If you are a beginner, the following links from our beginner site, Common Woodworking, may be useful to you:
- The Plough Plane Guide – This is a general guide which covers what the tool is and the names of the parts
- Buying a Plough Plane – This guide recommends what to look for when buying a plough plane and the best place to buy from
- Using a Plough Plane – This guide shows you how to use your plough plane
- Sharpening a Plough Plane – This guide will show you the basics of setting up your plough plane for use and how to maintain and sharpen it
Could you make a poor man’s plough plane?
You can adapt the rebate plane making video we did to make a poor man’s plough plane. We don’t really have time to go into it in detail at the moment but you should be able to work it out as long as you address the following aspects:
- The sole and blade need to be of a similar width, so you could rebate the base to the width of the chisel.
- You would need a fence or you could clamp a piece to the work to guide the plane.
- A depth stop is also useful, but this can just be a clamp as in the rebate plane video.
Cutting a Groove With a Plough Plane
Can you cut a groove without a plough plane?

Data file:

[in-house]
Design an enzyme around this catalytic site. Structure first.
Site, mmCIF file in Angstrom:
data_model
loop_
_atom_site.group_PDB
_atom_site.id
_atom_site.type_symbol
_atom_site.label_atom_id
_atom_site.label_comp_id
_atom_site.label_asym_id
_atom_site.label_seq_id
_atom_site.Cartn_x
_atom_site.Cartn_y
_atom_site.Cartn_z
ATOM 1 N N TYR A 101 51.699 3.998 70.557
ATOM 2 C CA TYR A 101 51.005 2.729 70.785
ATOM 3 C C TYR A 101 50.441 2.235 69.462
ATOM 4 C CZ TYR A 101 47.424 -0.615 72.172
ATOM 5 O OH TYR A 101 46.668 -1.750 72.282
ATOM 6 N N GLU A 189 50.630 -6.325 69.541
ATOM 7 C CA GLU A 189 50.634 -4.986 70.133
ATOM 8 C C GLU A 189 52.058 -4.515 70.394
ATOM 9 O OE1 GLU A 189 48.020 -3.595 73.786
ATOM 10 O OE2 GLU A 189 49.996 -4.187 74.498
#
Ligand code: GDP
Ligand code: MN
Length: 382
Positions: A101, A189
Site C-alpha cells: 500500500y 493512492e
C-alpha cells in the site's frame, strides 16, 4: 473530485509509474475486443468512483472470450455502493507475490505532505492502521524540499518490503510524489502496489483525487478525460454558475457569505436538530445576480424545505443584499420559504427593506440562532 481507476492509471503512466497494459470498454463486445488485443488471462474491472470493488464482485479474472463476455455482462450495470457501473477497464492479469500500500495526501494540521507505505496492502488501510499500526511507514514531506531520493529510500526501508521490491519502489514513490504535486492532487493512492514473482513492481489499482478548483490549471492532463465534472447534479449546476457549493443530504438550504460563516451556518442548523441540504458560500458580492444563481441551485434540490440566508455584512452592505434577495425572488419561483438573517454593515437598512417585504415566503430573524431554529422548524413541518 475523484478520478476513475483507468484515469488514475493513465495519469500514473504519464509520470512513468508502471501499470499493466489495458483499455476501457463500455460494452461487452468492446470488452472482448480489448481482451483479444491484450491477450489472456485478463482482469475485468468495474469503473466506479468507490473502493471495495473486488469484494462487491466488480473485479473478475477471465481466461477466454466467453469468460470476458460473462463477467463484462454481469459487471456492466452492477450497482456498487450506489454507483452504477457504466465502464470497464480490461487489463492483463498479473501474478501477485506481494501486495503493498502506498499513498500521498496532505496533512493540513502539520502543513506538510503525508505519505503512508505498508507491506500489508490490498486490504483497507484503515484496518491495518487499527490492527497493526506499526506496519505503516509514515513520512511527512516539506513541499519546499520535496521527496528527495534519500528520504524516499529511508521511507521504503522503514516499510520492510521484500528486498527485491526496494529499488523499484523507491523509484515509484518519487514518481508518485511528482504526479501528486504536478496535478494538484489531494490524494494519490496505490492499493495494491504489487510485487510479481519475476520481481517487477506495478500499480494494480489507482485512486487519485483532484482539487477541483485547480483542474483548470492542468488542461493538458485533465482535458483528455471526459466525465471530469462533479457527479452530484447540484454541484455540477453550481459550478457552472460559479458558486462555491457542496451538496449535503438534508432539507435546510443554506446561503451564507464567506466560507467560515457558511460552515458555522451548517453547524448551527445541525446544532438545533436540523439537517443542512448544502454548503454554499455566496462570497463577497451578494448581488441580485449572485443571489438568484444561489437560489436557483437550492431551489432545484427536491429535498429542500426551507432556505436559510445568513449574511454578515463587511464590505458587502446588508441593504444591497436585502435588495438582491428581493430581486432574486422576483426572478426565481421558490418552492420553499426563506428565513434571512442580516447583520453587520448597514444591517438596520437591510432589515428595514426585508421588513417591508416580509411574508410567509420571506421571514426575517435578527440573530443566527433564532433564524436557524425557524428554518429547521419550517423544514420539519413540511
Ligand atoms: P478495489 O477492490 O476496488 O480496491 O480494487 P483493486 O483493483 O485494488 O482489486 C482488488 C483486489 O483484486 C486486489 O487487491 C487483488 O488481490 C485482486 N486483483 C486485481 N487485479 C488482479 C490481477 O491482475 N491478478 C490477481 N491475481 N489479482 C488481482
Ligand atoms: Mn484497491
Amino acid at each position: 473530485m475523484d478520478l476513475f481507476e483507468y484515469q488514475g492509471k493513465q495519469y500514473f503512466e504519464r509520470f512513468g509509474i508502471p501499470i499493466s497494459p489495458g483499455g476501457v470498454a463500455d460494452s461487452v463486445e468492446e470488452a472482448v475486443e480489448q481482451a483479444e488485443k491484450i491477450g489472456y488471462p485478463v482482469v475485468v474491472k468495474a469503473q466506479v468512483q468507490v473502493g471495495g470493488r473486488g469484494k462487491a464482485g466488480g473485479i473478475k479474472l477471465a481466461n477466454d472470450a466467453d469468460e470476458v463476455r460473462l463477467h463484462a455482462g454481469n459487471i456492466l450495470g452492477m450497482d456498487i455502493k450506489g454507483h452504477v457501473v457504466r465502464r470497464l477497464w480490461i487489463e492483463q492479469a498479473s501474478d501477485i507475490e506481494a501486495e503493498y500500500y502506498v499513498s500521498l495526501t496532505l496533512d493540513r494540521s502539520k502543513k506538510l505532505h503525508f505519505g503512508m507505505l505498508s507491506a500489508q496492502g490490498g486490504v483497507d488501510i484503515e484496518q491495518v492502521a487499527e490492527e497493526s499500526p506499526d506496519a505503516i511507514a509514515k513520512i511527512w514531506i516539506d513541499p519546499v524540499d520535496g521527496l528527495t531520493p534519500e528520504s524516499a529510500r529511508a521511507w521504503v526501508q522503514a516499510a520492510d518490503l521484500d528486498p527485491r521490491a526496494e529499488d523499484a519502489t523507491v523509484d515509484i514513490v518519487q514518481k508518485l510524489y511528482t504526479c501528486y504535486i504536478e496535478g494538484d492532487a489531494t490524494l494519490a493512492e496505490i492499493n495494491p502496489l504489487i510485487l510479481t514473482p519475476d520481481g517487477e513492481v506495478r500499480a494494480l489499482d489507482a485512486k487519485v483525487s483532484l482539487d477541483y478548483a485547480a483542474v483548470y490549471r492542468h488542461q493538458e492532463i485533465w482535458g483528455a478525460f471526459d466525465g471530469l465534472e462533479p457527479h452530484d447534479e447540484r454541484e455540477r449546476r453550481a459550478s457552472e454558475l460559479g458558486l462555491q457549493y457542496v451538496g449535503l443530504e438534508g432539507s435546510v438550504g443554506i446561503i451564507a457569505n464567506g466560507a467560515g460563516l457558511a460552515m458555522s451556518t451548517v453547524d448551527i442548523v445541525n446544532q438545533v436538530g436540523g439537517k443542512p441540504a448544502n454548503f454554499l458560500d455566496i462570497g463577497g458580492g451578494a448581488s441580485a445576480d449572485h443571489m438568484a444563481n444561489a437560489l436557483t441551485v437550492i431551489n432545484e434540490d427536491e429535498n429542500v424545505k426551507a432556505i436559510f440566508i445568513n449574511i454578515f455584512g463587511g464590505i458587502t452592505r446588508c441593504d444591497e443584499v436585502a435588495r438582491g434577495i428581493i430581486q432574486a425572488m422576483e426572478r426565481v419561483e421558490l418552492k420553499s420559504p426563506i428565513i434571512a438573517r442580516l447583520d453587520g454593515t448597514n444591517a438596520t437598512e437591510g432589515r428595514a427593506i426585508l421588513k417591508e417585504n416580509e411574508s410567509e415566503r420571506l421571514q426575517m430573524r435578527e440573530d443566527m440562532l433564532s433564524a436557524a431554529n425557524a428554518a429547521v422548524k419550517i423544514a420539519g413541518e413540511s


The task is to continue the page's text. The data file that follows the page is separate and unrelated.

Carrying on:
A simple method that uses the tools you probably have at hand is that you can mark it with a pencil or gauge, cut the extremes with a saw and chisel out the waste with a relevant width chisel. This is probably more of a temporary solution.
Preparing a Plough Plane for Use
Flattening – You will want to check the flatness of the base and possibly flatten. There is no need to work the sides.
Iron – No need to feather edge the corners of the plane iron, keep them straight and square to the edge.
Fences and depth shoes – It is probably not necessary to flatten the fences and depth shoes. You can feather the leading edges with a file and soften with abrasive paper to lower risk of jarring.
How do you set a plough plane that doesn’t have adjusters?
To set the iron, loosen the lever cap tightening screw near the upper end of the cap iron just a partial amount until you can tweak the iron to set it visual and try to gauge the depth so that the cutting iron protrudes the right amount. Further depth can be tapped even with the cap iron tightened.
This is quick and effective and not inferior to those with adjusters once you are used to it. Definitely no need to retrofit with adjuster. It’s not worth the effort.